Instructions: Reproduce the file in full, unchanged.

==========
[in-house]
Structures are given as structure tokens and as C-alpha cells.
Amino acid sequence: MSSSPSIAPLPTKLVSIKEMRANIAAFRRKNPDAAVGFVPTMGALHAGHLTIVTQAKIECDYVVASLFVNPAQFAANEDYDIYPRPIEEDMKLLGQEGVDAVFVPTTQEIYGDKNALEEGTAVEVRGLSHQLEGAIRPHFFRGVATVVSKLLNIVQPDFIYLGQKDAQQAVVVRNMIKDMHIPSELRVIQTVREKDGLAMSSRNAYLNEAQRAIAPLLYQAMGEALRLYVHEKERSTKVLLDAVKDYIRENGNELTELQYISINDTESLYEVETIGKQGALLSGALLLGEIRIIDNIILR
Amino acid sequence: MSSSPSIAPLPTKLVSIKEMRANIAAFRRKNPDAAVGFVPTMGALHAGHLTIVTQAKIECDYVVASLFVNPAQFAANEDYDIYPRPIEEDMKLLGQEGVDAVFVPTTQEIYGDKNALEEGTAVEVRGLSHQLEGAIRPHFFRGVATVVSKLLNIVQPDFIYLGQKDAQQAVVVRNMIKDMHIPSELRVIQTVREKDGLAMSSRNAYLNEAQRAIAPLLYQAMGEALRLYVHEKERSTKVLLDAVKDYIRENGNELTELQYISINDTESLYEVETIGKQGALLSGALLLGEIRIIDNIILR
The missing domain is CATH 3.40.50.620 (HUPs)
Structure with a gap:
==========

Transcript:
[in-house]
Structures are given as structure tokens and as C-alpha cells.
Amino acid sequence: MSSSPSIAPLPTKLVSIKEMRANIAAFRRKNPDAAVGFVPTMGALHAGHLTIVTQAKIECDYVVASLFVNPAQFAANEDYDIYPRPIEEDMKLLGQEGVDAVFVPTTQEIYGDKNALEEGTAVEVRGLSHQLEGAIRPHFFRGVATVVSKLLNIVQPDFIYLGQKDAQQAVVVRNMIKDMHIPSELRVIQTVREKDGLAMSSRNAYLNEAQRAIAPLLYQAMGEALRLYVHEKERSTKVLLDAVKDYIRENGNELTELQYISINDTESLYEVETIGKQGALLSGALLLGEIRIIDNIILR
Amino acid sequence: MSSSPSIAPLPTKLVSIKEMRANIAAFRRKNPDAAVGFVPTMGALHAGHLTIVTQAKIECDYVVASLFVNPAQFAANEDYDIYPRPIEEDMKLLGQEGVDAVFVPTTQEIYGDKNALEEGTAVEVRGLSHQLEGAIRPHFFRGVATVVSKLLNIVQPDFIYLGQKDAQQAVVVRNMIKDMHIPSELRVIQTVREKDGLAMSSRNAYLNEAQRAIAPLLYQAMGEALRLYVHEKERSTKVLLDAVKDYIRENGNELTELQYISINDTESLYEVETIGKQGALLSGALLLGEIRIIDNIILR
The missing domain is CATH 3.40.50.620 (HUPs)
Structure with a gap: